"Outcry" (2020 release; 5 episodes of 60 min. each) is a TV documentary series about erstwhile Texas high school football star Greg Kelley. As Episode 1 opens, it is "2013-07-23" and we see a social worker interview a young boy, maybe 4 or 5 years old, who gives the outcry statement. The boy talks about what Greg (allegedly) has done to him (sexual abuse although of course those are not the words used by the boy). We then step back and are introduced to Greg, a talented HS football player at Leander HS (in affluent and suburban Austin, TX) who seems to have everything going for him: a beautiful girlfriend, parents who love him, etc. When the explosive allegations are made against Greg by not one, but two young boys, the Williamson Country District Attorney's office springs into action. We are reminded that the DA's office in the late 1980s prosecuted a man for the murder of his wife, putting him in jail, when in fact the husband was innocent all along (and finally freed 25 years later). At this point we are less than 15 min. into Episode 1.
Couple of comments: let me state upfront that I had zero knowledge of these events prior to watching the opening episode of this TV documentary. The allegations are so explosive that they need to be carefully considered, that much is clear. At the same time, the accused is maintaining his innocence high and low, as are the people (including family and friends, and later a larger community) around him. What to make of this? To be honest, I haven't the faintest idea (my gut tells me that based on what I saw in Episode 1, the guy is innocent, but I could be completely wrong on this). I can't wait to see hot all of this is going to play out in the next 4 episodes (of about an hour each). All I know is this: this is riveting and must-see TV, period.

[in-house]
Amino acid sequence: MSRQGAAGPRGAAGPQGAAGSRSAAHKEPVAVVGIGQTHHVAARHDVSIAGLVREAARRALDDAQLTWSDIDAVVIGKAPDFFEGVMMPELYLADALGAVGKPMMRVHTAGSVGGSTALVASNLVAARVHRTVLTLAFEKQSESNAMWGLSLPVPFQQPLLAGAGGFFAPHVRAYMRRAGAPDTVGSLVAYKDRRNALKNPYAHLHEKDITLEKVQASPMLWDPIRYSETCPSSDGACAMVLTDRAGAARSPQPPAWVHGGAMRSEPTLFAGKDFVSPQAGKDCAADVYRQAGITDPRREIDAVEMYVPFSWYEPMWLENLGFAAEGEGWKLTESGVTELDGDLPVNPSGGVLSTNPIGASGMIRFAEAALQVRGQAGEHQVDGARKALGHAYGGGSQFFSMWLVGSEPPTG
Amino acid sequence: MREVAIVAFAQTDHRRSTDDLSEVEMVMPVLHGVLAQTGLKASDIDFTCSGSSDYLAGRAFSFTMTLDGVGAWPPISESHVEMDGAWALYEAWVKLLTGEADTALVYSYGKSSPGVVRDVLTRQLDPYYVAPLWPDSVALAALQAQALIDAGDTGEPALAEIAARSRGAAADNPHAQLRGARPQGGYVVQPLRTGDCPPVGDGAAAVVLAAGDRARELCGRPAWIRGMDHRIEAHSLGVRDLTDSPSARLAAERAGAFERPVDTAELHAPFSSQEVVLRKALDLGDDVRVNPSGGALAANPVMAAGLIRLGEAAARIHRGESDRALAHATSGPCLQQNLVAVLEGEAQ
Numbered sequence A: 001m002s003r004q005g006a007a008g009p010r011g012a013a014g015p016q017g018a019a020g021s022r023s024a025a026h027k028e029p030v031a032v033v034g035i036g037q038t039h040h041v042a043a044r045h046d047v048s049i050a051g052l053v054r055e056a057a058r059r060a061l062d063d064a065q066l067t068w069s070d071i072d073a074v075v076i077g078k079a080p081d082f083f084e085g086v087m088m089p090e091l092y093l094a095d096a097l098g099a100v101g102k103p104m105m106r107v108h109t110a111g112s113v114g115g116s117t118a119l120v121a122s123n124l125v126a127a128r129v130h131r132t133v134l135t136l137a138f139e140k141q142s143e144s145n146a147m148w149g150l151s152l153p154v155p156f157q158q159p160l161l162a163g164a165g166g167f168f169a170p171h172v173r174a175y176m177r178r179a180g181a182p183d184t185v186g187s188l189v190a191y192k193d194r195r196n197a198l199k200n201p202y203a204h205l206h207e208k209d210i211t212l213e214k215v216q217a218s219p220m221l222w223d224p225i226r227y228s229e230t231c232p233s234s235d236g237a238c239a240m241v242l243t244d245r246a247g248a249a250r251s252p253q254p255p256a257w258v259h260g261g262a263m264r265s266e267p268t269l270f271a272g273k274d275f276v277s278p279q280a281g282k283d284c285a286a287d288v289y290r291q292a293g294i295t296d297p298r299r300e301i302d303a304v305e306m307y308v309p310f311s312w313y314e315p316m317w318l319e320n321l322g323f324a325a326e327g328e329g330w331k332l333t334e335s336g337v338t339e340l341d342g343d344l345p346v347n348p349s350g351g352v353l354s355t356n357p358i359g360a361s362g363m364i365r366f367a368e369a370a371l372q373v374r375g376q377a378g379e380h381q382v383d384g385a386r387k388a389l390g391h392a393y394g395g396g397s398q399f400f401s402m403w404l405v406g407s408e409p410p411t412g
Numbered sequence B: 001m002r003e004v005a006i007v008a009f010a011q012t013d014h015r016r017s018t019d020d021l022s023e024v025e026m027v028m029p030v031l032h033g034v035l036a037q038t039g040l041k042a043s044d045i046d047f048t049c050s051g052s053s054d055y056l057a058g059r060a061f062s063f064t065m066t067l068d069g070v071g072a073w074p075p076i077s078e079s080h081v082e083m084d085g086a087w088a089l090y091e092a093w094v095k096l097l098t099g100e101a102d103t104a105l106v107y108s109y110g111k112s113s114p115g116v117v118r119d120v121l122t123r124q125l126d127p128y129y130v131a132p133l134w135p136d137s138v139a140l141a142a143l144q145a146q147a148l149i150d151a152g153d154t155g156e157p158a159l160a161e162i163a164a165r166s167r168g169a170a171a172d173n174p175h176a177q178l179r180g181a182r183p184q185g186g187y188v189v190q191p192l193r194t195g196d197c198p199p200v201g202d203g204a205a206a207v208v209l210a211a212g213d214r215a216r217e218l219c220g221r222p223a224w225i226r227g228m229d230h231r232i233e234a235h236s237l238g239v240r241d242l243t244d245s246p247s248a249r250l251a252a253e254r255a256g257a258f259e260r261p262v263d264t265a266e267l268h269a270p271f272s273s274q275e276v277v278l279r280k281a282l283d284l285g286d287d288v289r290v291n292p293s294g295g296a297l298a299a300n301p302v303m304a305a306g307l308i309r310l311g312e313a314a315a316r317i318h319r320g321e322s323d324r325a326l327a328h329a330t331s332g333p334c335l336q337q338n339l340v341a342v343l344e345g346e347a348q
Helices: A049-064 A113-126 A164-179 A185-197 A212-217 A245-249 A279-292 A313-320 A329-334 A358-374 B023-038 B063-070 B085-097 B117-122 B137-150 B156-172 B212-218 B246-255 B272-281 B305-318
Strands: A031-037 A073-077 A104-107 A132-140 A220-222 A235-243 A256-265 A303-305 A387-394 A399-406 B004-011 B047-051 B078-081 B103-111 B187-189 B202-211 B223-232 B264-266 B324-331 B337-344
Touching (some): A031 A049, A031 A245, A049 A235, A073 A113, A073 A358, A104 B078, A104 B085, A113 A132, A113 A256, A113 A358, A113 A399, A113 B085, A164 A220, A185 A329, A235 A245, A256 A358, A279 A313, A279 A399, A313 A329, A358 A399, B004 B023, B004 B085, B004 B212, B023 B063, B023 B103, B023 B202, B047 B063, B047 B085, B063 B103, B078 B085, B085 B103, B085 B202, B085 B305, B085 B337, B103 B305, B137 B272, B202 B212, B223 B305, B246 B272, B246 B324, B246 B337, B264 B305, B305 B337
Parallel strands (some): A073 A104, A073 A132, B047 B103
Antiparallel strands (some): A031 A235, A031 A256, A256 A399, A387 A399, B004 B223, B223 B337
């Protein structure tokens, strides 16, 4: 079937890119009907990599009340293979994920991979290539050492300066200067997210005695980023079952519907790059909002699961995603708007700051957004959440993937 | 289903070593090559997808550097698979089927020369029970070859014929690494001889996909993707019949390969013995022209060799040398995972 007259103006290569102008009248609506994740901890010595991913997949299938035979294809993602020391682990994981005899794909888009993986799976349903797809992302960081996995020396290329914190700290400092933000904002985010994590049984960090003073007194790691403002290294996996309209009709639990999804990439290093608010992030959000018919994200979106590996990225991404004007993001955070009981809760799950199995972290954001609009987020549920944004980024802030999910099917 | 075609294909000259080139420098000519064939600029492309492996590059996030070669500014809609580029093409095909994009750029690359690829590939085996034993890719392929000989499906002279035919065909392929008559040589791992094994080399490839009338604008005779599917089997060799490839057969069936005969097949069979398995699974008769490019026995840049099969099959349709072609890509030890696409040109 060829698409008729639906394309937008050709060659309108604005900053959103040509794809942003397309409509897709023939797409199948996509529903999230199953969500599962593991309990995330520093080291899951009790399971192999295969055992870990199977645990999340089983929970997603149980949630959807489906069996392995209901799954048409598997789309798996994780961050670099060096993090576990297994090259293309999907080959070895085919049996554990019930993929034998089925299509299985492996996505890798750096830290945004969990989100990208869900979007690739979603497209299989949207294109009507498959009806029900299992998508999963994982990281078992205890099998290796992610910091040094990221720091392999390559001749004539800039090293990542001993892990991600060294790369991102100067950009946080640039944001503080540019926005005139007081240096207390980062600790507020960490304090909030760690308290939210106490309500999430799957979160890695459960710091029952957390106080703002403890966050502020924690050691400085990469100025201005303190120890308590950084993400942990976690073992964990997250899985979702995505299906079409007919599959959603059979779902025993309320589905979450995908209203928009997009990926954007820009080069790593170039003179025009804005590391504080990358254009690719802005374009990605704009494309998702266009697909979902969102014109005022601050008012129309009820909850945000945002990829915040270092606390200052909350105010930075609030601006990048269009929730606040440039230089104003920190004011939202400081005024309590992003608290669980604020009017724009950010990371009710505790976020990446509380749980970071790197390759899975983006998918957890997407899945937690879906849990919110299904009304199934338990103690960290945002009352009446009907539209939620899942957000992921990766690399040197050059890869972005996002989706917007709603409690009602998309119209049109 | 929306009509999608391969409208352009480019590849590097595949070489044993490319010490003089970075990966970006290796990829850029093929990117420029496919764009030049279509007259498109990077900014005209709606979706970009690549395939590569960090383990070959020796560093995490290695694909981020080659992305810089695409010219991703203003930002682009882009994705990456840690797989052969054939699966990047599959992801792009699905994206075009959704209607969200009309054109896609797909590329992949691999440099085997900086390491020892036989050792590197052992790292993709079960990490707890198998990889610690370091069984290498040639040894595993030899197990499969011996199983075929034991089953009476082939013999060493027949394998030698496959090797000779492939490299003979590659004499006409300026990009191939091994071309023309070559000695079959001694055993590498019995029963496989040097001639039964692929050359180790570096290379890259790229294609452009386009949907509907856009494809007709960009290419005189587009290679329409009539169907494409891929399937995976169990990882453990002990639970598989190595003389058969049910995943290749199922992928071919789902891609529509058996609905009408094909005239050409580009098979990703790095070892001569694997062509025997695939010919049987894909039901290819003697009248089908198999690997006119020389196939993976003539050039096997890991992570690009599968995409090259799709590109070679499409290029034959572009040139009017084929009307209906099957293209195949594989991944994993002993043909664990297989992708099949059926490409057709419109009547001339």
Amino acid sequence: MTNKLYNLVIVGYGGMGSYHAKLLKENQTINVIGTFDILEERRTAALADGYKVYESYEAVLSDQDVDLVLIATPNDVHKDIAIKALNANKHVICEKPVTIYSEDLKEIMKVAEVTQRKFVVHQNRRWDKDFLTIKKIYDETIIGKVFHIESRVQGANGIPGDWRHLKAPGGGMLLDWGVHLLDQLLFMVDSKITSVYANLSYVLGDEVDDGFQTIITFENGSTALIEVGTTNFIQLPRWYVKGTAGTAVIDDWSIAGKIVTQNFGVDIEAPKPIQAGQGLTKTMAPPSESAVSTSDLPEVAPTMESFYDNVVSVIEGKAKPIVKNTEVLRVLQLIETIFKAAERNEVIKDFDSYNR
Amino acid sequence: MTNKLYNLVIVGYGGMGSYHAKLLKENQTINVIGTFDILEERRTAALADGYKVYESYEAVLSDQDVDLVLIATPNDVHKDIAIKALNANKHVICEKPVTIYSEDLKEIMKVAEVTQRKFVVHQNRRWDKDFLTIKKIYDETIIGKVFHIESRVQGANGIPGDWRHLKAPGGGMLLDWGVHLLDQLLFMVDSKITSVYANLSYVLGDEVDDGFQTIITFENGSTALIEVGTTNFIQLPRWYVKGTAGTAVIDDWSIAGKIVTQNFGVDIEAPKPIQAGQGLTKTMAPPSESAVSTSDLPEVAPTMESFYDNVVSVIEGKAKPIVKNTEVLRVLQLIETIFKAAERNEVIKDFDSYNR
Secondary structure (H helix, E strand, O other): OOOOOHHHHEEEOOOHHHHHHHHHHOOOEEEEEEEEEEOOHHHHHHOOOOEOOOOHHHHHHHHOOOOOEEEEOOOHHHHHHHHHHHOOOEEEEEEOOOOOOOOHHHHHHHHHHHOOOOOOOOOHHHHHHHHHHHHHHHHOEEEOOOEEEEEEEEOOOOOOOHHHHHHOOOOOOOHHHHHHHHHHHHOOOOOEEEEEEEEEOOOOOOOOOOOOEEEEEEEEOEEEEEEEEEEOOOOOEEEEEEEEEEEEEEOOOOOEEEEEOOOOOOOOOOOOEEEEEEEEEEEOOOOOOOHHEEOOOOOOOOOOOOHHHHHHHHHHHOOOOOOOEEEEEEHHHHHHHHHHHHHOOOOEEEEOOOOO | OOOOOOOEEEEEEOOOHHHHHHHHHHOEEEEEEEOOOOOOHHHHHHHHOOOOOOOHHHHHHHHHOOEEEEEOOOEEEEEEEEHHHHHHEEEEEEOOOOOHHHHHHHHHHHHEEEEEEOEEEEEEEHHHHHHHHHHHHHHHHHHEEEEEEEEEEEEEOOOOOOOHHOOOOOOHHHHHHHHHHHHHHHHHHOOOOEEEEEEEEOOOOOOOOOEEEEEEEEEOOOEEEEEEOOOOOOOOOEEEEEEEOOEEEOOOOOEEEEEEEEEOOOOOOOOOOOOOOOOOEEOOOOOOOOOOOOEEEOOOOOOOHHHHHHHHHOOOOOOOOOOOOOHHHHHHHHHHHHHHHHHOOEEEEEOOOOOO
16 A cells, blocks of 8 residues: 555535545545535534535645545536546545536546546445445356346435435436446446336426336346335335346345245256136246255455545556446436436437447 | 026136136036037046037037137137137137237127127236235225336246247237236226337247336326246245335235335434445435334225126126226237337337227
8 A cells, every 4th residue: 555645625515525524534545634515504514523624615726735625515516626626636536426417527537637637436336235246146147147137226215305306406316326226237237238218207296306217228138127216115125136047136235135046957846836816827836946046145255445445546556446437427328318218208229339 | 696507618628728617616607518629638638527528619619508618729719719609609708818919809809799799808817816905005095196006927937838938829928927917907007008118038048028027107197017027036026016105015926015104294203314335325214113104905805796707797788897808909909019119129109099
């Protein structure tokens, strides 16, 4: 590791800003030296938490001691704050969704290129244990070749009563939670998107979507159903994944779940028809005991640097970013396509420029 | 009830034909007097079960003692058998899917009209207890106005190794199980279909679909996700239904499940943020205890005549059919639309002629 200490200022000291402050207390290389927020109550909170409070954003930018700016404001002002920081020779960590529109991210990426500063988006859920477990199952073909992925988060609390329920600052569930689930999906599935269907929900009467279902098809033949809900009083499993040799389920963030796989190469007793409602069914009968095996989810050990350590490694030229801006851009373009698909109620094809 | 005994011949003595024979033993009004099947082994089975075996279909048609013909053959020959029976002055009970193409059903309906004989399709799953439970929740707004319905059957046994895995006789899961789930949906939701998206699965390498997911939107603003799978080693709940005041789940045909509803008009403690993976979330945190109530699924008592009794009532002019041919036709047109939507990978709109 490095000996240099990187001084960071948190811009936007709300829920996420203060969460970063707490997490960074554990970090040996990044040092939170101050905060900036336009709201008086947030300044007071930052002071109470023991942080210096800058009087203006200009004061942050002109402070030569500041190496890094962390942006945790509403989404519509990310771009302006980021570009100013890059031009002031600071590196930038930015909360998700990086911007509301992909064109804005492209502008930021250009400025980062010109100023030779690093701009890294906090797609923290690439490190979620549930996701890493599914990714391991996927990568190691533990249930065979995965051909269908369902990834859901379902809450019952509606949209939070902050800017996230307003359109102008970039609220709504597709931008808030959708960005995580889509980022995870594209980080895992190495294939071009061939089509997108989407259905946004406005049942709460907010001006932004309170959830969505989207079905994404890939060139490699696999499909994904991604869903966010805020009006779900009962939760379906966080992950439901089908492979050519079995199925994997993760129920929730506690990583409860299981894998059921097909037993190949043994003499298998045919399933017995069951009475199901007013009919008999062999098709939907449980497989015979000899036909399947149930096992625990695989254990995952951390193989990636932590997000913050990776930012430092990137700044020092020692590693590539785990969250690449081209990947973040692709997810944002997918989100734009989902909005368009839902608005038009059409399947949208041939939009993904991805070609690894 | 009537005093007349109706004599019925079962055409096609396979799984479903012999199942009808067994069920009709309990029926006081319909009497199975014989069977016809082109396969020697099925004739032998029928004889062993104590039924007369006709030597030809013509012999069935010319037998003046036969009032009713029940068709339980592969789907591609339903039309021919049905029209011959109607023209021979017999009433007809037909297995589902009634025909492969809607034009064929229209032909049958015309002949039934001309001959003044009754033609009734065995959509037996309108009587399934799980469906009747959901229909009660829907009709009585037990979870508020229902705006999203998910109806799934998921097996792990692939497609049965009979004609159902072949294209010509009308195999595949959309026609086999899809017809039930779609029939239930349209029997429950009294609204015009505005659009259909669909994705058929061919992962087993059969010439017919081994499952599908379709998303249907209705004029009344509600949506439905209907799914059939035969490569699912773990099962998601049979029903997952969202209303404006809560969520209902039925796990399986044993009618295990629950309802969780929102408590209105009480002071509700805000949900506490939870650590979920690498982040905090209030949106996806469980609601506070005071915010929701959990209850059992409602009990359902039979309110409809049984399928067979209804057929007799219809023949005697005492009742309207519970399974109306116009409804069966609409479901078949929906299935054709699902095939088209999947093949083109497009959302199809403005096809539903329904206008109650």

"Outcry" premiered this weekend on Showtime, and new episodes air on Sunday evenings at 10 pm Eastern time (now available on SHO on Demand and other streaming services). If you like true crime documentaries, by all means I encourage you to check this out and draw your own conclusion.
UPDATE 7/7/20 I've just binge-watched the other 4 episodes on SHO On Demand. There are no words. This turns out to be a legal and emotional rollercoaster you couldn't make up in your wildest dreams. Kudos to the documentary production crew which spent YEARS following this and then bringing it to us. This is must-see, period.